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They hear the loosed White Horses
Above their fathers' grave;

And, kin of those we crippled,
And, sons of those we slew,
Spur down the wild white riders
To school the herds anew.

'What service have ye paid them,
Oh jealous steeds and strong?'
Save we that throw their weaklings,
Is none dare work them wrong;
While thick around the homestead
Our snow-backed leaders graze-
A guard behind their plunder,
And a veil before their ways.

With march and countermarchings-
With weight of wheeling hosts—
Stray mob or bands embattled-
We ring the chosen coasts:
And, careless of our clamour
That bids the stranger fly,
At peace within our pickets
The wild white riders lie.

Trust ye the curdled hollows-
Trust ye the neighing wind-
Trust ye the moaning ground-swell-
Our herds are close behind!
To bray your foeman's armies
To chill and snap his sword—
Trust ye the wild White Horses,
The Horses of the Lord!




E'VE sent our little Cupids all ashoreThey were frightened, they were tired, they were cold;

Our sails of silk and purple go to store,

And we've cut away our mast of beaten gold

(Foul weather!)

Oh 'tis hemp and singing pine for to stand against the brine,

But Love he is the master as of old!

The sea has shorn our galleries away,

The salt has soiled our gilding past remede; Our paint is flaked and blistered by the spray, Our sides are half a fathom furred in weed

(Foul weather!)

And the doves of Venus fled and the petrels came instead, But Love he was our master at our need!

'Was Youth would keep no vigil at the bow,
'Was Pleasure at the helm too drunk to steer—
We've shipped three able quartermasters now,
Men call them Custom, Reverence, and Fear

(Foul weather!)

They are old and scarred and plain, but we'll run no risk again

From any Port o' Paphos mutineer!

We seek no more the tempest for delight,

We skirt no more the indraught and the shoalWe ask no more of any day or night

Than to come with least adventure to our goal (Foul weather!)

What we find we needs must brook, but we do not go to look,

Nor tempt the Lord our God that saved us whole!

Yet, caring so, not overly we care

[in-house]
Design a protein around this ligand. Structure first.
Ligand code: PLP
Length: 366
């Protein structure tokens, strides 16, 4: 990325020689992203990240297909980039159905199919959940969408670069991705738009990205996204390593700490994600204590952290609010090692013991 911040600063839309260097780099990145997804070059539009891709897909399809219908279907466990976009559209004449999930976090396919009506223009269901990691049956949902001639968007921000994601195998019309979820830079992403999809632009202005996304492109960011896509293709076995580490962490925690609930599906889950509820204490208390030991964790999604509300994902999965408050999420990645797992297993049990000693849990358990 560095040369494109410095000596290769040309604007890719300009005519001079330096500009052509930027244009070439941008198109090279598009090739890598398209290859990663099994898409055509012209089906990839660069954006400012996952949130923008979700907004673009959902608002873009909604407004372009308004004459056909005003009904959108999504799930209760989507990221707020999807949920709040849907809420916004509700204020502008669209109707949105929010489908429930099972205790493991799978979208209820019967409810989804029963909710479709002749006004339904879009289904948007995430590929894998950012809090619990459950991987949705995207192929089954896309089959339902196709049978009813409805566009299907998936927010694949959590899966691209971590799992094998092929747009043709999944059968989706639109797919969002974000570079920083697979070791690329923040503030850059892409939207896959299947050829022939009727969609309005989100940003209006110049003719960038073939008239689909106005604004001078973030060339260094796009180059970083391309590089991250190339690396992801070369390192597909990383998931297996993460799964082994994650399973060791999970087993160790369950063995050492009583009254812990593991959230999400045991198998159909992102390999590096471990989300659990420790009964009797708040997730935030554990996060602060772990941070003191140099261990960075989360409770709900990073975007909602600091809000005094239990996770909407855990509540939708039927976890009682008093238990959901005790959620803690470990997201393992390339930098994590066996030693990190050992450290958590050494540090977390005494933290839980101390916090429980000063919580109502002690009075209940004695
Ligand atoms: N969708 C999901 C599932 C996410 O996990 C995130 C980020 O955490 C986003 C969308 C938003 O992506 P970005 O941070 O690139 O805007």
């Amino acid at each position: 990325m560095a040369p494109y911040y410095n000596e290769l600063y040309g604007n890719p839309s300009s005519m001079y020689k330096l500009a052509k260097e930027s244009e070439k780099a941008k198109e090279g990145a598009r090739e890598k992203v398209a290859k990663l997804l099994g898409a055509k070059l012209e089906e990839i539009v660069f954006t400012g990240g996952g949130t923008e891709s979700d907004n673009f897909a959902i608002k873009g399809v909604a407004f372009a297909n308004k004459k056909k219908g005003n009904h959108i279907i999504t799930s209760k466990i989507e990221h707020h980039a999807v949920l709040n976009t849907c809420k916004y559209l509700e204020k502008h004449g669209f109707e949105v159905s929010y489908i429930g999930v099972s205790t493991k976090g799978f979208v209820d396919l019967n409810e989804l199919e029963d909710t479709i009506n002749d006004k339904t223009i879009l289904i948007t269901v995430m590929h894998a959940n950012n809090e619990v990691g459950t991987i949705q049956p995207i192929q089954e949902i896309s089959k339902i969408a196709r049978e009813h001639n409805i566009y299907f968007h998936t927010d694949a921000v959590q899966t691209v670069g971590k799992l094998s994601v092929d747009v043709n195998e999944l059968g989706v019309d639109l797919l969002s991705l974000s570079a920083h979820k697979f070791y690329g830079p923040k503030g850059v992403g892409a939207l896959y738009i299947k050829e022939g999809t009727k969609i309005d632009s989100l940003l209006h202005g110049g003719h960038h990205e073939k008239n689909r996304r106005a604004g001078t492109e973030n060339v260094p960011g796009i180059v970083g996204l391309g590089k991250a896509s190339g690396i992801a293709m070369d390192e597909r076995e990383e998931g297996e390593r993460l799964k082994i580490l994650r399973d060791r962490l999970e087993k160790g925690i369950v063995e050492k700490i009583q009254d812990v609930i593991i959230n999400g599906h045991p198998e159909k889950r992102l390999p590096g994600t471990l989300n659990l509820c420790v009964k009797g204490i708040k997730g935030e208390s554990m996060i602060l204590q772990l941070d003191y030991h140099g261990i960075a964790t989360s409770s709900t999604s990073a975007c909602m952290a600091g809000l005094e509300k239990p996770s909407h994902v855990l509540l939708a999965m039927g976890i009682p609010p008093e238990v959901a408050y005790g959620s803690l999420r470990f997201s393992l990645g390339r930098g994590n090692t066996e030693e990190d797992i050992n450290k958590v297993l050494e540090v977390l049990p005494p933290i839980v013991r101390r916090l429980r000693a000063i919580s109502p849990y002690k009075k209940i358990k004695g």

To brace and trim for every foolish blast,

If the squall be pleased to sweep us unaware,
He may bellow off to leeward like the last
(Foul weather!)

We will blame it on the deep (for the watch must have their sleep),

And Love can come and wake us when 'tis past.

Oh launch them down with music from the beach, Oh warp them out with garlands from the quays— Most resolute-a damsel unto each

New prows that seek the old Hesperides!

(Foul weather!)

Though we know the voyage is vain, yet we see our path


In the saffroned bridesails scenting all the seas!

(Foul weather!)



E have no heart for the fishing, we have no hand for the oar


All that our fathers taught us of old pleases

us now no more;

All that our own hearts bid us believe we doubt where

we do not deny

There is no proof in the bread we eat or rest in the toil we ply.

Look you, our foreshore stretches far through sea-gate, dyke, and groin

Made land all, that our fathers made, where the flats and the fairway join.

They forced the sea a sea-league back. They died, and their work stood fast.

We were born to peace in the lee of the dykes, but the time of our peace is past.

Far off, the full tide clambers and slips, mouthing and testing all,

Nipping the flanks of the water-gates, baying along the wall;

Turning the shingle, returning the shingle, changing the set of the sand

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We are too far from the beach, men say, to know how the outworks stand.

So we come down, uneasy, to look, uneasily pacing the beach.

These are the dykes our fathers made: we have never known a breach.

Time and again has the gale blown by and we were not


Now we come only to look at the dykes-at the dykes our fathers made.

O'er the marsh where the homesteads cower apart the harried sunlight flies,

Shifts and considers, wanes and recovers, scatters and sickens and dies

An evil ember bedded in ash-a spark blown west by the wind

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We are surrendered to night and the sea-the gale and the tide behind!

At the bridge of the lower saltings the cattle gather and blare,

Roused by the feet of running men, dazed by the lantern


Unbar and let them away for their lives-the levels drown as they stand,

Where the flood-wash forces the sluices aback and the ditches deliver inland.

Ninefold deep to the top of the dykes the galloping breakers stride,

And their overcarried spray is a sea-a sea on the landward side.

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